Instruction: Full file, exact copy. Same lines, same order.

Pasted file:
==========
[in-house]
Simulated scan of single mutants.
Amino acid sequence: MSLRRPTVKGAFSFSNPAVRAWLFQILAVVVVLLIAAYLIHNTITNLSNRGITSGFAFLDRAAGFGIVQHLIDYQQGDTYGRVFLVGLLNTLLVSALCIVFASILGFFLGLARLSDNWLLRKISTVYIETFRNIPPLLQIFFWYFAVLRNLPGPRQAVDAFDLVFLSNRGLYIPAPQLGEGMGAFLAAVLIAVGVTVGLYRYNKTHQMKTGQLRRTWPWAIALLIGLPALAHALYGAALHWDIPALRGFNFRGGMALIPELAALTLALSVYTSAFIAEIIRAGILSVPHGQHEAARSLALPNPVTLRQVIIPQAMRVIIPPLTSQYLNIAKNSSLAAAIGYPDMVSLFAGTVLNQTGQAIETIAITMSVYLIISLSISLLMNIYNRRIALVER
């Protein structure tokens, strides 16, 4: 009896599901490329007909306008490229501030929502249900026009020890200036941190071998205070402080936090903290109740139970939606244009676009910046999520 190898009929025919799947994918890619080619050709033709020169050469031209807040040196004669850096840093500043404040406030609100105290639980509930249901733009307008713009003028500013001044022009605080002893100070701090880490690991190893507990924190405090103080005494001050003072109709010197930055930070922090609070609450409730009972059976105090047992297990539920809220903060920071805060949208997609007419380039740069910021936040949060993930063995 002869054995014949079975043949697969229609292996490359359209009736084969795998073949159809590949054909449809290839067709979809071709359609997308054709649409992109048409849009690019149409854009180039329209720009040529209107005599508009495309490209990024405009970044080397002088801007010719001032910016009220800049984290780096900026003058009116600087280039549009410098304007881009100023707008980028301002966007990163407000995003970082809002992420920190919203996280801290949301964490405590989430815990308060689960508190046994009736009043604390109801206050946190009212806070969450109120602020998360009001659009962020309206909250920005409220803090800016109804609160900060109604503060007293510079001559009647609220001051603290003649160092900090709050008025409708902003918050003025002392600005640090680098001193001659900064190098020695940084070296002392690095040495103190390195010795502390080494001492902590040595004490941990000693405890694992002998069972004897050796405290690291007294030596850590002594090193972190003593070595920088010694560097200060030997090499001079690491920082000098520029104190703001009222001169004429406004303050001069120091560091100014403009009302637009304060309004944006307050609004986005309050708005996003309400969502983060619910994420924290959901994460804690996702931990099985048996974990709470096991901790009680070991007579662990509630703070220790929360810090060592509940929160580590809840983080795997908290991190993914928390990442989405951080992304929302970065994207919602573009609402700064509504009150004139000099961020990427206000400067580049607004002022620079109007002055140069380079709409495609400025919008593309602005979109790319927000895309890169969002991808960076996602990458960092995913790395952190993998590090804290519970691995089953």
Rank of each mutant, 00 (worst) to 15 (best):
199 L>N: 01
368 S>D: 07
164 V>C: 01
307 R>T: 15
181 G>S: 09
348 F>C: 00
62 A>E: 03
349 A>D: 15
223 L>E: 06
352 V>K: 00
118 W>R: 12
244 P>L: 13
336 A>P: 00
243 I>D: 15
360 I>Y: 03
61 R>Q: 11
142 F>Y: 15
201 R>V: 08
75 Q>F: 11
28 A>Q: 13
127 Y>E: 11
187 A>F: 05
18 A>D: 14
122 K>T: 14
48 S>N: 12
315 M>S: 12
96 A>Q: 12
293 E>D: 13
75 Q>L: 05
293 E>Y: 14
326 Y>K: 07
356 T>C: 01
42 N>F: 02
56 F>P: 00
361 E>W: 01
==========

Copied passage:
[in-house]
Simulated scan of single mutants.
Amino acid sequence: MSLRRPTVKGAFSFSNPAVRAWLFQILAVVVVLLIAAYLIHNTITNLSNRGITSGFAFLDRAAGFGIVQHLIDYQQGDTYGRVFLVGLLNTLLVSALCIVFASILGFFLGLARLSDNWLLRKISTVYIETFRNIPPLLQIFFWYFAVLRNLPGPRQAVDAFDLVFLSNRGLYIPAPQLGEGMGAFLAAVLIAVGVTVGLYRYNKTHQMKTGQLRRTWPWAIALLIGLPALAHALYGAALHWDIPALRGFNFRGGMALIPELAALTLALSVYTSAFIAEIIRAGILSVPHGQHEAARSLALPNPVTLRQVIIPQAMRVIIPPLTSQYLNIAKNSSLAAAIGYPDMVSLFAGTVLNQTGQAIETIAITMSVYLIISLSISLLMNIYNRRIALVER
């Protein structure tokens, strides 16, 4: 009896599901490329007909306008490229501030929502249900026009020890200036941190071998205070402080936090903290109740139970939606244009676009910046999520 190898009929025919799947994918890619080619050709033709020169050469031209807040040196004669850096840093500043404040406030609100105290639980509930249901733009307008713009003028500013001044022009605080002893100070701090880490690991190893507990924190405090103080005494001050003072109709010197930055930070922090609070609450409730009972059976105090047992297990539920809220903060920071805060949208997609007419380039740069910021936040949060993930063995 002869054995014949079975043949697969229609292996490359359209009736084969795998073949159809590949054909449809290839067709979809071709359609997308054709649409992109048409849009690019149409854009180039329209720009040529209107005599508009495309490209990024405009970044080397002088801007010719001032910016009220800049984290780096900026003058009116600087280039549009410098304007881009100023707008980028301002966007990163407000995003970082809002992420920190919203996280801290949301964490405590989430815990308060689960508190046994009736009043604390109801206050946190009212806070969450109120602020998360009001659009962020309206909250920005409220803090800016109804609160900060109604503060007293510079001559009647609220001051603290003649160092900090709050008025409708902003918050003025002392600005640090680098001193001659900064190098020695940084070296002392690095040495103190390195010795502390080494001492902590040595004490941990000693405890694992002998069972004897050796405290690291007294030596850590002594090193972190003593070595920088010694560097200060030997090499001079690491920082000098520029104190703001009222001169004429406004303050001069120091560091100014403009009302637009304060309004944006307050609004986005309050708005996003309400969502983060619910994420924290959901994460804690996702931990099985048996974990709470096991901790009680070991007579662990509630703070220790929360810090060592509940929160580590809840983080795997908290991190993914928390990442989405951080992304929302970065994207919602573009609402700064509504009150004139000099961020990427206000400067580049607004002022620079109007002055140069380079709409495609400025919008593309602005979109790319927000895309890169969002991808960076996602990458960092995913790395952190993998590090804290519970691995089953």
Rank of each mutant, 00 (worst) to 15 (best):
199 L>N: 01
368 S>D: 07
164 V>C: 01
307 R>T: 15
181 G>S: 09
348 F>C: 00
62 A>E: 03
349 A>D: 15
223 L>E: 06
352 V>K: 00
118 W>R: 12
244 P>L: 13
336 A>P: 00
243 I>D: 15
360 I>Y: 03
61 R>Q: 11
142 F>Y: 15
201 R>V: 08
75 Q>F: 11
28 A>Q: 13
127 Y>E: 11
187 A>F: 05
18 A>D: 14
122 K>T: 14
48 S>N: 12
315 M>S: 12
96 A>Q: 12
293 E>D: 13
75 Q>L: 05
293 E>Y: 14
326 Y>K: 07
356 T>C: 01
42 N>F: 02
56 F>P: 00
361 E>W: 01